Who does the talking?

The EAL learner has to speak. Speaking allows students to practice the articulation of words, sentences and extended explanations and arguments. No one learns these by silently listening.

Recently I had to work with an enthusiastic young lady who just couldn’t seem to get her handle on spelling. Initially it didn’t make sense, since she was so eager to speak and learn. When I pulled her aside, however, I discovered that she could not pronounce any of the new vocabulary correctly – in fact, she had developed the habit of skimming past words to hide the fact that she couldn’t pronounce them. How could she possibly spell words if she couldn’t articulate them!  Unfortunately, in her earlier learning, there wasn’t a focus on actually pronouncing her words aloud which had led to her developing bad habits to hide the fact.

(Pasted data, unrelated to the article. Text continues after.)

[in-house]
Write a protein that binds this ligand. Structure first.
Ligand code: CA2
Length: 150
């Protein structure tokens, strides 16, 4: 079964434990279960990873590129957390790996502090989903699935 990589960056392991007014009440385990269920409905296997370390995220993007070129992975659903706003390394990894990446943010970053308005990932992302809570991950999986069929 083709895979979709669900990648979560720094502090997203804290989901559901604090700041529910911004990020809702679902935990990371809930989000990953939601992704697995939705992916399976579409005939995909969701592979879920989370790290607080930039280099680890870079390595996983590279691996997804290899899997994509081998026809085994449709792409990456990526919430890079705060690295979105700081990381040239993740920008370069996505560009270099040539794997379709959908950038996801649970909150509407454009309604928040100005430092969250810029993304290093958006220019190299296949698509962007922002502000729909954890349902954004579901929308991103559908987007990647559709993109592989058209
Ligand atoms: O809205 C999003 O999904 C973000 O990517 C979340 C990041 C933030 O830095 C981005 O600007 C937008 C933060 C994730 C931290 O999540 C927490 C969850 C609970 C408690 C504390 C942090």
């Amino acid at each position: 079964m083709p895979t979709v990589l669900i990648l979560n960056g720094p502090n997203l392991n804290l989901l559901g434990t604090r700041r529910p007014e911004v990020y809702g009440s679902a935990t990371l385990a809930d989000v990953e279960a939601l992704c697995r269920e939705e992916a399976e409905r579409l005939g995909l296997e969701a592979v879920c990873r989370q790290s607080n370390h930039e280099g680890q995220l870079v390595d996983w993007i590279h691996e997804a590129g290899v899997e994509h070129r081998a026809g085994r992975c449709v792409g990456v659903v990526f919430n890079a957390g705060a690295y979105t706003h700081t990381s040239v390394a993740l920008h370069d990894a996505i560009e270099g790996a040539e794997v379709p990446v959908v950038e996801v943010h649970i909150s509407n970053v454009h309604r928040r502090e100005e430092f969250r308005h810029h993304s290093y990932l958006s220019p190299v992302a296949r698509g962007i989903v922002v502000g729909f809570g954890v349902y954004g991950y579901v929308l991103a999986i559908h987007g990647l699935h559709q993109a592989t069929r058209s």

When I worked with newly arrived immigrants who had just a few months of exposure to English a few years ago, I kept a basic principle in mind – I would only talk for no more than ten minutes before getting the students involved in the talking. My classes were never quiet. Students were constantly working in groups, talking about their learning in one way or another.

The classroom dominated by the teacher speaking will not allow the EAL learner to speak.  So what can the teacher, who feels the need to impart all that knowledge, do to build a classroom where students speak to learn?

With my early learners, the recognition of some of the hurdles they faced in learning helped guide my principles. Firstly, these students were teenagers who often already brought knowledge into the classroom – they just did not have the language to articulate their thoughts. The key, on my part, was to provide them with the language they needed to access and articulate their learning.